Yet Rafael fails to recognize his most ardent follower, a homely young woman named Lourdes (presumably to evoke the sick and disabled pilgrims to the French cathedral). Played by Monica Cervera, she’s a real fright, with bug eyes, frizzy black hair, and a smile so fierce she actually looks better scowling; first seen descending on a store escalator as Rafael ascends on the adjoining one, she turns away in shame. Rafael is uniformly smug and cruel toward those less attractive than he is, but he gets a monumental comeuppance when Lourdes witnesses the death of Antonio, steals the body from the store basement (where Rafael has been trying to stuff it into a furnace), and blackmails the department store princeling into becoming her boyfriend.

This sharp dichotomy between the beautiful and the ugly is most reminiscent of the superlow-budget Mutant Action. It’s hardly a great film, spinning off into chaos in the second half, but it seems closer to Iglesia’s heart than those of some of his later features. The terrorist group of the title counts among its members a hunchbacked dwarf, a retarded deaf-mute, and a pair of conjoined twins; as a newscaster informs us, they’ve spent the last decade carrying out attacks against “persons known for their physique, institutions for public health, and sperm banks.” They kidnap a plastic surgeon and plant explosives at a fashion show. They kill the president of a bodybuilding federation and his attractive lover, leaving her to soak in a burst heart-shaped water bed as the theme from Mission: Impossible plays on the sound track. During a TV exercise show they storm the soundstage, mow down the lithe host and her students, and hoist a mutant action banner for the camera.

Six features into his career, Iglesia may not be quite that angry anymore, and he celebrates beauty as well as ugliness, introducing Rafael’s stable of sexually willing clerks in a series of gauzy slo-mo shots. But after the killing he sticks mostly with Rafael, the increasingly possessive Lourdes (whose family includes a horribly angry mother, a narcoleptic father, and a noxious eight-year-old daughter who claims to have AIDS), and a walleyed but diligent police detective (Enrique Villeri, an Iglesia regular), who slowly unravels Antonio’s mysterious disappearance. By the end of the film, Rafael’s trials have driven him to a bitter insight that may not be entirely credible coming from his lips but certainly reflects the director’s resignation: “You’re ugly, Lourdes,” he shouts as the two wrestle on the floor. “It’s not your fault, but it’s not mine either. It’s the world we live in that makes me hate you. People, magazines, TV. We’re raised to, whether we like it or not.”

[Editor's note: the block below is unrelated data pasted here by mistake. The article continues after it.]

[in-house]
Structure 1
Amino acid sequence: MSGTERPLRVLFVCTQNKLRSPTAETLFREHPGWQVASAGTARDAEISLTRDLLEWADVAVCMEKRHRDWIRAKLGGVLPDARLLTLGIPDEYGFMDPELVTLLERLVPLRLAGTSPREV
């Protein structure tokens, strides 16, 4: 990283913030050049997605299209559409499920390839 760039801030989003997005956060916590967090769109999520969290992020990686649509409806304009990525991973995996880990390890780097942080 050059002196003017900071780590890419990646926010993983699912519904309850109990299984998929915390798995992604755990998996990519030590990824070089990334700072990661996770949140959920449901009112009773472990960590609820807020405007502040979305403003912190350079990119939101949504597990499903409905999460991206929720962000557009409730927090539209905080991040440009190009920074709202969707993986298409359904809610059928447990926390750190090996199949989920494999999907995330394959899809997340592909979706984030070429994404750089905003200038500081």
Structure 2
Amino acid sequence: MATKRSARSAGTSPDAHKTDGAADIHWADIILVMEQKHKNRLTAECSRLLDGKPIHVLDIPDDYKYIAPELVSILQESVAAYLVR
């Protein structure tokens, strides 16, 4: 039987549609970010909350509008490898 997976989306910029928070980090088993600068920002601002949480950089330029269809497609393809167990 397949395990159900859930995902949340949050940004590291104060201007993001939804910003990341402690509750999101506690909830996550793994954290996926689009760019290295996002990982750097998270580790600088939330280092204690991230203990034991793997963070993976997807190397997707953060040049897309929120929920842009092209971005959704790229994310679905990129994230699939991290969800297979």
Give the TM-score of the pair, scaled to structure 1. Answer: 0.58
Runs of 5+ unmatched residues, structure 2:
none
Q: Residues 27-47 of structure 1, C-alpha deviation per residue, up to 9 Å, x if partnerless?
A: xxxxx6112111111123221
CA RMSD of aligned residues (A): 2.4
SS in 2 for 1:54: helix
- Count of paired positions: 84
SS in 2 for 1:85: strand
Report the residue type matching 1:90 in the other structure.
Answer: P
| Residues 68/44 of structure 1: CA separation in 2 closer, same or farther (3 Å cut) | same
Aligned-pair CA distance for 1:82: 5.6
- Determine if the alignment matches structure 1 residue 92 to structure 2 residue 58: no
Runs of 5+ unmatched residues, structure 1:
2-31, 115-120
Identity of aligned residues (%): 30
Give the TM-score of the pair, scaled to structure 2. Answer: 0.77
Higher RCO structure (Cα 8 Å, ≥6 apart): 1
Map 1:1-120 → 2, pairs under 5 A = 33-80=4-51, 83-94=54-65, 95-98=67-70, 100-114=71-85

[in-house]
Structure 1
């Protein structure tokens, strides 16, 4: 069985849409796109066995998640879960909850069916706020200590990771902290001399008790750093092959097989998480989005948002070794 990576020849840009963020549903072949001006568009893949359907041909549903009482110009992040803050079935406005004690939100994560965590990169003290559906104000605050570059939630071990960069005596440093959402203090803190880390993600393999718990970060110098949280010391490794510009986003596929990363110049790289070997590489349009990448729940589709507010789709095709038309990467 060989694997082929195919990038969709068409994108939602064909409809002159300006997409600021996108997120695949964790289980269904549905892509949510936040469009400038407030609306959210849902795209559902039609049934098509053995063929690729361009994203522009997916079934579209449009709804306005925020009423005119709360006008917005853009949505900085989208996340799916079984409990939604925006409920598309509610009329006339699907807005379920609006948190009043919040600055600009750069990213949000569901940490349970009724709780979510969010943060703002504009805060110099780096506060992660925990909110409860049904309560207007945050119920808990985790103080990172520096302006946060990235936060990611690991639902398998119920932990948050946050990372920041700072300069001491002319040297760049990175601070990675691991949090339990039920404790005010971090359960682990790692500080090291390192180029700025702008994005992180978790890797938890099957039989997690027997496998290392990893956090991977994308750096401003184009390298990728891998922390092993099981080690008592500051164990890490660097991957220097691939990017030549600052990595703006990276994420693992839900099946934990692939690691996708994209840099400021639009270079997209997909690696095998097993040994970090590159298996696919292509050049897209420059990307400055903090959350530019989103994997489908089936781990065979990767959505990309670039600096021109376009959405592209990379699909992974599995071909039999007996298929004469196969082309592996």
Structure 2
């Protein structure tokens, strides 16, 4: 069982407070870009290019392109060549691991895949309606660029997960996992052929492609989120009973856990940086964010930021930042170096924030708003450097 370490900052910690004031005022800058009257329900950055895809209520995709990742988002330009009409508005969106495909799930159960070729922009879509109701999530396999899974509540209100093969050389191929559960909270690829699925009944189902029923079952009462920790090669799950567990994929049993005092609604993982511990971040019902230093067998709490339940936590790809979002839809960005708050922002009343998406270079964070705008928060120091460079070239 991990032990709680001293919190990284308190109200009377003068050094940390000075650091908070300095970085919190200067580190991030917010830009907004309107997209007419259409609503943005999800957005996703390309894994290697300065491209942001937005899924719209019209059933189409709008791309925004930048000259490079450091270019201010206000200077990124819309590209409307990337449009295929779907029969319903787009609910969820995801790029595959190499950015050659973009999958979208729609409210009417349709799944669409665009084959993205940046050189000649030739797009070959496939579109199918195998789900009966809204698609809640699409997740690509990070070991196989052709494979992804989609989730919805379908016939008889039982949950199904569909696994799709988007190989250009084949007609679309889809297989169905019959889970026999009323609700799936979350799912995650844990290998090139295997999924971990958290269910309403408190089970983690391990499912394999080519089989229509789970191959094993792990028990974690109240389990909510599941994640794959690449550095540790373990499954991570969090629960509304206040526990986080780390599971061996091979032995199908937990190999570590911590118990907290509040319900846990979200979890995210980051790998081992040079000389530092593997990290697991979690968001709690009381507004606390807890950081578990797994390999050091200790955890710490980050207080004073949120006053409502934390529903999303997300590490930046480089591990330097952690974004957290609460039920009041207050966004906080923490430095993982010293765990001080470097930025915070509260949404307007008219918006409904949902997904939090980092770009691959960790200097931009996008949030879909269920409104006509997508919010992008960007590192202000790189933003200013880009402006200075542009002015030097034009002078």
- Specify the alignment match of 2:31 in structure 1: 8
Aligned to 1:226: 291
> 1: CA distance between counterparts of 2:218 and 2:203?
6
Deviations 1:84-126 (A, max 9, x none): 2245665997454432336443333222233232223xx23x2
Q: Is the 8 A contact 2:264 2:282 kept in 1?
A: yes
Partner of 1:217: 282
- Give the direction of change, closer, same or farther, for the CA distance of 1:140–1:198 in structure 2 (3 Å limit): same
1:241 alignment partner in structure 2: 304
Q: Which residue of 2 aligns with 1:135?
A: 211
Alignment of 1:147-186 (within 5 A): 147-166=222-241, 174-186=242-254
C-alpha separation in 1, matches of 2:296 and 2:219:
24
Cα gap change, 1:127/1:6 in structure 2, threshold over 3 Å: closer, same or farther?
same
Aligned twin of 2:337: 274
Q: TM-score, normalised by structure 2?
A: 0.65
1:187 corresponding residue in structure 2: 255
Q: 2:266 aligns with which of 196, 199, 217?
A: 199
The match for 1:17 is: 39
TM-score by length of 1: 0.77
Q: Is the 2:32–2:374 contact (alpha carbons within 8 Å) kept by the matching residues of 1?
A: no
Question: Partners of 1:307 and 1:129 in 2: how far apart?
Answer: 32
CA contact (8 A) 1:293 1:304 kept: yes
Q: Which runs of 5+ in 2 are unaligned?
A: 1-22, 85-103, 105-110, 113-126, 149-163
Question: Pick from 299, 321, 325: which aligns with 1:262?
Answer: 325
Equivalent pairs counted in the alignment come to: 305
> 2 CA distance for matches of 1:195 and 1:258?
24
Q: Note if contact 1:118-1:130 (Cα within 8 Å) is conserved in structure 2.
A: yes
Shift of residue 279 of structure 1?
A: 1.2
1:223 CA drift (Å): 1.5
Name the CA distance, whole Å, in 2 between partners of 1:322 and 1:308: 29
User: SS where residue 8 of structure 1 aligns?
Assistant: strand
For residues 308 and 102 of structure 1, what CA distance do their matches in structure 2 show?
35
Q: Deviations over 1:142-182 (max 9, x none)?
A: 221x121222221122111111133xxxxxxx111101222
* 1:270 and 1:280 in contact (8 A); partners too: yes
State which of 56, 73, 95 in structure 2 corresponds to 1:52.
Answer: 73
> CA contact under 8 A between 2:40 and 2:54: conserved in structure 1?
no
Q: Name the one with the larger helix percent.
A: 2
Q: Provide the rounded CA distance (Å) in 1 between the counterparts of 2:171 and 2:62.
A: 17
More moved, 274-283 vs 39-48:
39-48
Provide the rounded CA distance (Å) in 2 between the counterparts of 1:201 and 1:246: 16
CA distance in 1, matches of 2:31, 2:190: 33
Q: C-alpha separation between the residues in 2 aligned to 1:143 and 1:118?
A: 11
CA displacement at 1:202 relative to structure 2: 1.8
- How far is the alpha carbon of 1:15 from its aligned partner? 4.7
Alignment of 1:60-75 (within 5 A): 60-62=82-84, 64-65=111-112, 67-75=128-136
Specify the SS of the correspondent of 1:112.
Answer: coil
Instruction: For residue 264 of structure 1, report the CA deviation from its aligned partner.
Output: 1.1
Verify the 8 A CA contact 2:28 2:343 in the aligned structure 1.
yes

El crimen perfecto is actually more pungent in its commentary than Mutant Action because of the cosmic joke visited on its protagonist. Early in the film, when Rafael is locked in a battle to outsell Antonio, he flatters an overweight middle-aged woman into buying a fur coat, but after her check bounces he cruelly berates her, finding exactly the right place to turn the knife. For his meanness he winds up in the romantic clutches of Lourdes, who uses Antonio’s corpse as the ultimate charge card. By the time she surprises Rafael in a wedding gown, accompanied by the crew of a TV reality show, he’s become something of a fur coat himself, a beauty accessory bought to prop up a seriously damaged ego. Only then does he seem to realize that he’d be better off like Antonio, literally hanging from a hook.